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post #21 of 23 Old 01-03-2005
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Steel vs Fiberglass

Nice post Whoosh, but perhaps I was misunderstood.

I have not said that fiberglass boats will not continue to dominate the market. I think they will, because they will continue to be the cheapest boats available.

What I have said is that Aluminum boats will be less expensive in the near future (in fact they are already less expensive than they used to be) because there are some European boat builders that have begun to build them not (as it was usual) boat by boat, but several at the same time, with the help of very sophisticated machinery.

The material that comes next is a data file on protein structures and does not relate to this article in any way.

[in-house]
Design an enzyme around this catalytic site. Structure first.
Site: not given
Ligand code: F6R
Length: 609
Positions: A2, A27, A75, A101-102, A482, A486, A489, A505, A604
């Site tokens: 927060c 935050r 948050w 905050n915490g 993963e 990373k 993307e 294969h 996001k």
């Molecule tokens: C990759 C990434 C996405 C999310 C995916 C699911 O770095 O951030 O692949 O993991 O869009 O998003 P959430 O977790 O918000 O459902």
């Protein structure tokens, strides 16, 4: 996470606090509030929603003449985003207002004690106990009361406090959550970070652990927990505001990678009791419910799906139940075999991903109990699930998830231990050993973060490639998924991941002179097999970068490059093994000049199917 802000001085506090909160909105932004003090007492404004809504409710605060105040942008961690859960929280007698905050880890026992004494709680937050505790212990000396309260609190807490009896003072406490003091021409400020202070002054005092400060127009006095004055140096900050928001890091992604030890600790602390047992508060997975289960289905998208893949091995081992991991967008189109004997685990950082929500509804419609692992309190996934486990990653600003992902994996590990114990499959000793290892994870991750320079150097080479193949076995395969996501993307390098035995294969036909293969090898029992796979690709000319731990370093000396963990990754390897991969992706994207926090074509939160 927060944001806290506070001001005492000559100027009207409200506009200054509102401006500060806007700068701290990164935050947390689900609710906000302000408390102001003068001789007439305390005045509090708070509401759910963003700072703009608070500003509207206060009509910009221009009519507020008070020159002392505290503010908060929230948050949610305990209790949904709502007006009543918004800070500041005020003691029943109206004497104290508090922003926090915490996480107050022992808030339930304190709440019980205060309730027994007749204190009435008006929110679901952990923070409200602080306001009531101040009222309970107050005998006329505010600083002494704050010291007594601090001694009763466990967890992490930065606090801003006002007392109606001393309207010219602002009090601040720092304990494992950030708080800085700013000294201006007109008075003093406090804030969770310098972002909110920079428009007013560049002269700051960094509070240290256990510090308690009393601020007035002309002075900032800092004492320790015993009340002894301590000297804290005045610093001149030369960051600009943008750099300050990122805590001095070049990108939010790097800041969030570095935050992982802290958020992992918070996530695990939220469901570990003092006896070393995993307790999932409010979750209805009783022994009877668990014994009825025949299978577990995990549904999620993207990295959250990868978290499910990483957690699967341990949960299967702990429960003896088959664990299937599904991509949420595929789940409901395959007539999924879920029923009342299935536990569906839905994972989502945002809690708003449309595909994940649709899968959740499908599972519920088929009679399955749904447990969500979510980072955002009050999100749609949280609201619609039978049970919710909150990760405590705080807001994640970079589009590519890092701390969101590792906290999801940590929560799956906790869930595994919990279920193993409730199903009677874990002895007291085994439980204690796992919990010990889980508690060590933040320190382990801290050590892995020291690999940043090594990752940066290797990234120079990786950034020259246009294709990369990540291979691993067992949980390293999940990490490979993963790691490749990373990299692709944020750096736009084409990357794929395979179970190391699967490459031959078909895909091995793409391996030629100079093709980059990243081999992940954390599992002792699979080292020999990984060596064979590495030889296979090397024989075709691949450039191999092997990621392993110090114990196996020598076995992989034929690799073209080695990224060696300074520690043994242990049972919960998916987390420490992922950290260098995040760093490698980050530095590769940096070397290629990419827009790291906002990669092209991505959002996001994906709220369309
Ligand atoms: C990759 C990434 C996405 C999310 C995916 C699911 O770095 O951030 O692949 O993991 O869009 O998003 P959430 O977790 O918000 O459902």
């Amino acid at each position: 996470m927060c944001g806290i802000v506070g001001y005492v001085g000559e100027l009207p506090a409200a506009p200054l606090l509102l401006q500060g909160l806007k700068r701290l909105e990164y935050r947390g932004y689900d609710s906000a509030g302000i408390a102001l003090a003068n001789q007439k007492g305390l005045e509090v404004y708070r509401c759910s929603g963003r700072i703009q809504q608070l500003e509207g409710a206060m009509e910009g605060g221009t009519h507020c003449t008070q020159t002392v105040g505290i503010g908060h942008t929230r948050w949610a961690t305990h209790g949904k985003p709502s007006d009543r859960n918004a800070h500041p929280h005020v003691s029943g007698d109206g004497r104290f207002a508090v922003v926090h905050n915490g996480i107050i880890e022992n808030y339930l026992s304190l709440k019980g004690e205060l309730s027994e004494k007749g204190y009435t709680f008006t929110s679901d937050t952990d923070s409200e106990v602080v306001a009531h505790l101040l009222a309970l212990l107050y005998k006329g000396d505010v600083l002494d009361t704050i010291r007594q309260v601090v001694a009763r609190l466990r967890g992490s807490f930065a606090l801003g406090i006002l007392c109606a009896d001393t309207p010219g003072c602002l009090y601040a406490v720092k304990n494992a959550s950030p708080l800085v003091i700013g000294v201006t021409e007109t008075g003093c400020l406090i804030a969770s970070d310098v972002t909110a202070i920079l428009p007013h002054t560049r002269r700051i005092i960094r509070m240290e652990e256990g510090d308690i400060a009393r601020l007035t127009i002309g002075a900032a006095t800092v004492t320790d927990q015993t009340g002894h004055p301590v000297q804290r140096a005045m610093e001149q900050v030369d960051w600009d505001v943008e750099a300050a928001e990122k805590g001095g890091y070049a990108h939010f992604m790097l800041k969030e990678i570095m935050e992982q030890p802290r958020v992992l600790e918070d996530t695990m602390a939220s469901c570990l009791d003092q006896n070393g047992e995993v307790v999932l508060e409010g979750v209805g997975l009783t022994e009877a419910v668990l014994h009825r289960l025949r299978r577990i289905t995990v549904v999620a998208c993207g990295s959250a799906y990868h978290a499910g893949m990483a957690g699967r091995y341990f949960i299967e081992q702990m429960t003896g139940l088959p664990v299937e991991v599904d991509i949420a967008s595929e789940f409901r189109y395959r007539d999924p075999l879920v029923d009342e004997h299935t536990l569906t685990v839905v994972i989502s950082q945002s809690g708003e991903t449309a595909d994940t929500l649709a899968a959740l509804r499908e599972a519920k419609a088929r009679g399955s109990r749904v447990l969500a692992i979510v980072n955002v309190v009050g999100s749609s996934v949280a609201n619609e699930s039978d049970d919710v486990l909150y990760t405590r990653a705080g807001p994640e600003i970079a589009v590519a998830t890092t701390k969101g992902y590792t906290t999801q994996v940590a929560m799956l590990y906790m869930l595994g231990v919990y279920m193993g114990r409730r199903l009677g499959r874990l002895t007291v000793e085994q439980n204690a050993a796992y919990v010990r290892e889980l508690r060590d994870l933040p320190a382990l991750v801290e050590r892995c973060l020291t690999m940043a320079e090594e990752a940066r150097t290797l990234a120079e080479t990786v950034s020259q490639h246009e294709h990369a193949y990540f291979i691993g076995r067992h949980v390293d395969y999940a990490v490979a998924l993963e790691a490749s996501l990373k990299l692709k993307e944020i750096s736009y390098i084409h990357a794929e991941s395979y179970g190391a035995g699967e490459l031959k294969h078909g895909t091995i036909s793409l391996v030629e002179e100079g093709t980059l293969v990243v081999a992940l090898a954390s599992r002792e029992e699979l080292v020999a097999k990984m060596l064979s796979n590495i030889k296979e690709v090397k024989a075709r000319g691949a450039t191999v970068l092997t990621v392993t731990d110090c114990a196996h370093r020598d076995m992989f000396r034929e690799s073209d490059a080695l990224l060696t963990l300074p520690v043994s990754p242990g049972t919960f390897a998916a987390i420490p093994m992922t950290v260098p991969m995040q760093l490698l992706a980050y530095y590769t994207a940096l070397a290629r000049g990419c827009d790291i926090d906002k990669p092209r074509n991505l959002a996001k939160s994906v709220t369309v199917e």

Of course it will never be mainstream, and they are a niche market, but that niche is the Voyage Oceangoing Boat market, that around here (Europe) represents a small part of the market.

I think that’s because you are not here that you underestimate the growing importance of the Aluminum boat market in that particular niche.

In the Special edition of "Voile Magazine", one of the big French sail magazines, it was made, as usual, a selection of the more meaningful boats to the French market, according to categories: Between 7 and 8m; Between 8 and 9 and so on.

In the categories of "Bateaux de Voyage" they select and analyze these boats: Ovni 395; Feeling 39; Manatea 425; JBP 40; Allures 40; Alliage 41; RM 1200; Foxy 40; Hermine 40; Generic 35; Mercator 40; JFA 45; , Rêva 42; Allures 44; Ovni 435; UY 435 and Alliage 44.